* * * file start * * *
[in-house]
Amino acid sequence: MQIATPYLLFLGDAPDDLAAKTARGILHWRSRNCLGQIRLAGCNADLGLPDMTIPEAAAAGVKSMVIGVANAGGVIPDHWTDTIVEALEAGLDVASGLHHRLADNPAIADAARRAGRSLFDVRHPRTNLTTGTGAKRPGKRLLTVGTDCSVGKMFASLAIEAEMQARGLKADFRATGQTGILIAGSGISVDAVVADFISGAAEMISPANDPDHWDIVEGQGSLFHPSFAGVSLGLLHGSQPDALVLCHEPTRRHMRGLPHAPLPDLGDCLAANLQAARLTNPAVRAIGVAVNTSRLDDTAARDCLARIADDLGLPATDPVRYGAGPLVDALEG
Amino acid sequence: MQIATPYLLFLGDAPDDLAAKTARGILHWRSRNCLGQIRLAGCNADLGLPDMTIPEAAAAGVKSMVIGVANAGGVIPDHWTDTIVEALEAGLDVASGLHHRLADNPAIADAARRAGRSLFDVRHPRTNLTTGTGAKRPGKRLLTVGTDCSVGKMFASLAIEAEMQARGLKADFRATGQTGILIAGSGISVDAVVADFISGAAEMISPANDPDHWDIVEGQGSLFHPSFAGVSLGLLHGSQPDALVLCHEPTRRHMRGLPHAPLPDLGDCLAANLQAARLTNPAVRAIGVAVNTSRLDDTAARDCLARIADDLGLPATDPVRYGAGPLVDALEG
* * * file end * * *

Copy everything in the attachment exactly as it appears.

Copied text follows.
[in-house]
Amino acid sequence: MQIATPYLLFLGDAPDDLAAKTARGILHWRSRNCLGQIRLAGCNADLGLPDMTIPEAAAAGVKSMVIGVANAGGVIPDHWTDTIVEALEAGLDVASGLHHRLADNPAIADAARRAGRSLFDVRHPRTNLTTGTGAKRPGKRLLTVGTDCSVGKMFASLAIEAEMQARGLKADFRATGQTGILIAGSGISVDAVVADFISGAAEMISPANDPDHWDIVEGQGSLFHPSFAGVSLGLLHGSQPDALVLCHEPTRRHMRGLPHAPLPDLGDCLAANLQAARLTNPAVRAIGVAVNTSRLDDTAARDCLARIADDLGLPATDPVRYGAGPLVDALEG
Amino acid sequence: MQIATPYLLFLGDAPDDLAAKTARGILHWRSRNCLGQIRLAGCNADLGLPDMTIPEAAAAGVKSMVIGVANAGGVIPDHWTDTIVEALEAGLDVASGLHHRLADNPAIADAARRAGRSLFDVRHPRTNLTTGTGAKRPGKRLLTVGTDCSVGKMFASLAIEAEMQARGLKADFRATGQTGILIAGSGISVDAVVADFISGAAEMISPANDPDHWDIVEGQGSLFHPSFAGVSLGLLHGSQPDALVLCHEPTRRHMRGLPHAPLPDLGDCLAANLQAARLTNPAVRAIGVAVNTSRLDDTAARDCLARIADDLGLPATDPVRYGAGPLVDALEG